Tuesday, March 5, 2013

All About Ice Volcanoes and more

When I talk with people who are visiting the Lake Superior shoreline for the first time in the winter, I always inform them of the danger of venturing out onto the shore ice.  When shore ice develops on Lake Superior in early winter, ice volcanoes develop along the leading edge of the forming ice. Waves that roll into shore from deeper water rise up as they hit the shallows, causing water to spout up through cracks in the newly formed ice. This wave action creates the characteristic cone shape of the ice volcano.  Subsequent waves, driven by strong onshore winds, continue to travel underneath the ice and are forced up through cracks and previously formed cones.

The height of cones can vary from two feet to more than 30 feet.

Technically these ice volcanoes are called cryovolcanoes.  These are "volcanoes" that erupt volatiles such as water, ammonia or methane, instead of molten rock.   The substances erupted from these cryovolcanoes are usually liquids and form plumes, but can also be in vapour form.  After eruption, cryomagma condenses to a solid form when exposed to the very low surrounding temperature. Cryovolcanoes form on icy moons as well as on the shores of ice covered lakes.

To form ice volcanoes, the following conditions must exist:

1. Onshore winds must be sustained causing waves to be higher than three feet tall.
2. Ambient air temperatures must be below freezing.
3. There must be shore ice that has already formed, creating a thick ice shelf that extends off shore.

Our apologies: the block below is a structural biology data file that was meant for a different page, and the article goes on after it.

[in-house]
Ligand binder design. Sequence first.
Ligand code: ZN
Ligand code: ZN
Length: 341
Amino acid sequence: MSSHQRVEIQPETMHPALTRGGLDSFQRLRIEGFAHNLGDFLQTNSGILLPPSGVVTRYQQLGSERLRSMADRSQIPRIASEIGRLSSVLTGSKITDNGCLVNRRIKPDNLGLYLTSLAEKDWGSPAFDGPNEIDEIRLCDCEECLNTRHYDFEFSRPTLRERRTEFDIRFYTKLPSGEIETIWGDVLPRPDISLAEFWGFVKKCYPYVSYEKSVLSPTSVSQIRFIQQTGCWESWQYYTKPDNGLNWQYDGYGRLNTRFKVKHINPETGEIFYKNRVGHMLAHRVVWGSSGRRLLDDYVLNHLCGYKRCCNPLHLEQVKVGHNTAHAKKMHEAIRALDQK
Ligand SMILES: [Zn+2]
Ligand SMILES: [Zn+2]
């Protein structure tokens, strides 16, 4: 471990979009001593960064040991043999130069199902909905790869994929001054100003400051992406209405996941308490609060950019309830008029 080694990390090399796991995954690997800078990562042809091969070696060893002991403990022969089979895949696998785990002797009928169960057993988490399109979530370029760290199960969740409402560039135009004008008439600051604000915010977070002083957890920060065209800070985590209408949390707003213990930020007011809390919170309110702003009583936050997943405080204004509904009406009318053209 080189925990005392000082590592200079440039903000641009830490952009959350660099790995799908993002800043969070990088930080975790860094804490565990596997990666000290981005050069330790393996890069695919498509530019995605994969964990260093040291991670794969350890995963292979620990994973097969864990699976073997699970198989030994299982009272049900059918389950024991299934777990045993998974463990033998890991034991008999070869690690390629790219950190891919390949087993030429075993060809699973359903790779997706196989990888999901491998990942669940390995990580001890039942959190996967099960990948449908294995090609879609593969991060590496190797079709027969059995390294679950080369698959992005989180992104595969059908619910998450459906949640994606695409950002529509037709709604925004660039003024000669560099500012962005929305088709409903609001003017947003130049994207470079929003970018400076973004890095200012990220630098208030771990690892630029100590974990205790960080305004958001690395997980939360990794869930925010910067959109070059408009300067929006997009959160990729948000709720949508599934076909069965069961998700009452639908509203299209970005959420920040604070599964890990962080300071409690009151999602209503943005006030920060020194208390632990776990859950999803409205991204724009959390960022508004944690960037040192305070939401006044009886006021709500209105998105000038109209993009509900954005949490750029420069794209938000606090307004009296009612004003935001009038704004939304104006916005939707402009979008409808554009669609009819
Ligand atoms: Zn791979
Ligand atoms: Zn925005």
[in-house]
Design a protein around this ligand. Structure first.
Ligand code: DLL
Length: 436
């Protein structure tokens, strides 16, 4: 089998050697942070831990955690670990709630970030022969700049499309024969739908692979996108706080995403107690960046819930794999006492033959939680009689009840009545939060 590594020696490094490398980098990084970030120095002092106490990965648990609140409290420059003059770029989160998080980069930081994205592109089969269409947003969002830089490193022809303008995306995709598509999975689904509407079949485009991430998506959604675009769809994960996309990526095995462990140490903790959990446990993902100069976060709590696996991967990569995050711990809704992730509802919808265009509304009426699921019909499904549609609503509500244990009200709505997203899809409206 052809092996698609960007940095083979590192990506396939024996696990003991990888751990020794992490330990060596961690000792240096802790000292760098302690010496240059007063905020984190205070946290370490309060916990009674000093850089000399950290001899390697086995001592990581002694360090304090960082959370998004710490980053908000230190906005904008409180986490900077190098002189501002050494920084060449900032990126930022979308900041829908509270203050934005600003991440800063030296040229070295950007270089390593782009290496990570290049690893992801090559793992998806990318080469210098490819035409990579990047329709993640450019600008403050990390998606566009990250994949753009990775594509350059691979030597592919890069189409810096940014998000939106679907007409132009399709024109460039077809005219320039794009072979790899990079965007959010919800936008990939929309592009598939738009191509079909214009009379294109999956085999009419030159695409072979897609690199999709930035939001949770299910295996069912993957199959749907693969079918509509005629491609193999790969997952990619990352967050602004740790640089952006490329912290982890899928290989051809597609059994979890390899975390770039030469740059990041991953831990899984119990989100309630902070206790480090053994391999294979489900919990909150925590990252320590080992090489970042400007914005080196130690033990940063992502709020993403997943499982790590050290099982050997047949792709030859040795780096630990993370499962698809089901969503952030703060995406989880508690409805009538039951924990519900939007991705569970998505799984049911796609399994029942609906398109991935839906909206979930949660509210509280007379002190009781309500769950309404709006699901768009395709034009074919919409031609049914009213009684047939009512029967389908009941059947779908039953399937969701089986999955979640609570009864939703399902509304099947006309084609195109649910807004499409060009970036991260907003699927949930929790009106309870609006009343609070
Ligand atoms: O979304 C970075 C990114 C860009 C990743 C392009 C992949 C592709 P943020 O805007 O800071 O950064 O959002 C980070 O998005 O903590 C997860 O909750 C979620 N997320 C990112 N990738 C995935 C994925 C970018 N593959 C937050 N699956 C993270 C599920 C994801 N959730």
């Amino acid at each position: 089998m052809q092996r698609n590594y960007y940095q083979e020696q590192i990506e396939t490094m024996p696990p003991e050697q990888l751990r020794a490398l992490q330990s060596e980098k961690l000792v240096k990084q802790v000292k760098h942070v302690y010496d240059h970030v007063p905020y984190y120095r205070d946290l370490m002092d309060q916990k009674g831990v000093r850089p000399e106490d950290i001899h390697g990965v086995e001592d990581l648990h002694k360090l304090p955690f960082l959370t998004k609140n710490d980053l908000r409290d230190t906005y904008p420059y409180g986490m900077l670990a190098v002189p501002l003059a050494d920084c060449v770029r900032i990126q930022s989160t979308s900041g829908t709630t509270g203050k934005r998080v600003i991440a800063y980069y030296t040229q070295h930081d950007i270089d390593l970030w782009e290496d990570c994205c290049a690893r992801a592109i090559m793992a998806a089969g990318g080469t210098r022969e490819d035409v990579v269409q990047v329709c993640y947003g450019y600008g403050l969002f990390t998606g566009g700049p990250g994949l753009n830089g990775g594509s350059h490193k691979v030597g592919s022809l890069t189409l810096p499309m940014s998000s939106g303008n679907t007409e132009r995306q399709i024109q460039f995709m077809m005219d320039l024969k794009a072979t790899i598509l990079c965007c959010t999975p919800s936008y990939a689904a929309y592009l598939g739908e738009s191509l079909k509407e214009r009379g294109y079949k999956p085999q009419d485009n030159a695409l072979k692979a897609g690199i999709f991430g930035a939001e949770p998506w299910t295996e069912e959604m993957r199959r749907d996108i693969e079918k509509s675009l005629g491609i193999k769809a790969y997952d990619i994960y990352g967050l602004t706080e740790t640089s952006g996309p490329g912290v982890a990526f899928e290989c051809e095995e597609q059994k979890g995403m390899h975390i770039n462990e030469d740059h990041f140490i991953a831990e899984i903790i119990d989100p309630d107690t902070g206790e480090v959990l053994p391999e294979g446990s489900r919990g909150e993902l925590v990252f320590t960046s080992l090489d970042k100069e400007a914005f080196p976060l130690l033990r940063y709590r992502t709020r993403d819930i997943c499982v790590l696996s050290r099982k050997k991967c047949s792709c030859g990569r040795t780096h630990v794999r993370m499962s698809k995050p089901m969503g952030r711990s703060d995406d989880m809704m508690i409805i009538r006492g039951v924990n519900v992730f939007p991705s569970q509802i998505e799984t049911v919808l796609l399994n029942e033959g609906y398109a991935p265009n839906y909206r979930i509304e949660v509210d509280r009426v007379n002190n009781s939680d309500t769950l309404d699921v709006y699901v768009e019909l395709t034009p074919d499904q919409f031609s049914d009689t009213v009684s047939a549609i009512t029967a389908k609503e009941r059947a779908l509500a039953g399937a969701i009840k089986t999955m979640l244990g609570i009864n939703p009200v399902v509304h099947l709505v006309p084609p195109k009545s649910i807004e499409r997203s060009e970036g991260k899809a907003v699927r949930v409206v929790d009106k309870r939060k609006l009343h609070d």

4. Wave energy must be concentrated into a concentrated area so that the splash can, over time, cause a cone to form. Irregularities along the leading edge of the shelf help concentrate wave energy into larger waves, thus creating taller ejections of spatter. It is at the irregularities that ice volcanoes typically form.
5. Cones at the leading edge of the ice shelf are initially open to the water.  However after the ice shelf builds away from the volcanoes, the cones remain active and become completely enclosed. Wave energy beneath the ice forces water up through cracks, openings and previously formed cones as the wave feels bottom.
6. If there are sandbars offshore, such as those off shore in Grand Marais, the dynamics of the sandbar are also conducive to cause ice volcanoes to form.

Sometimes a whole row of ice volcanoes form.

Below is a picture from the Internet, showing a partially destroyed ice volcano that displays the internal structure.
Below are some more pictures I took on the beach yesterday. 
The series of photos below zoom into the lighthouse at the end of the break wall.
The first row of ice marks the actual shoreline.
Patterns in the snow...


1 comment:

  1. These pictures are beautiful! Thanks for sharing.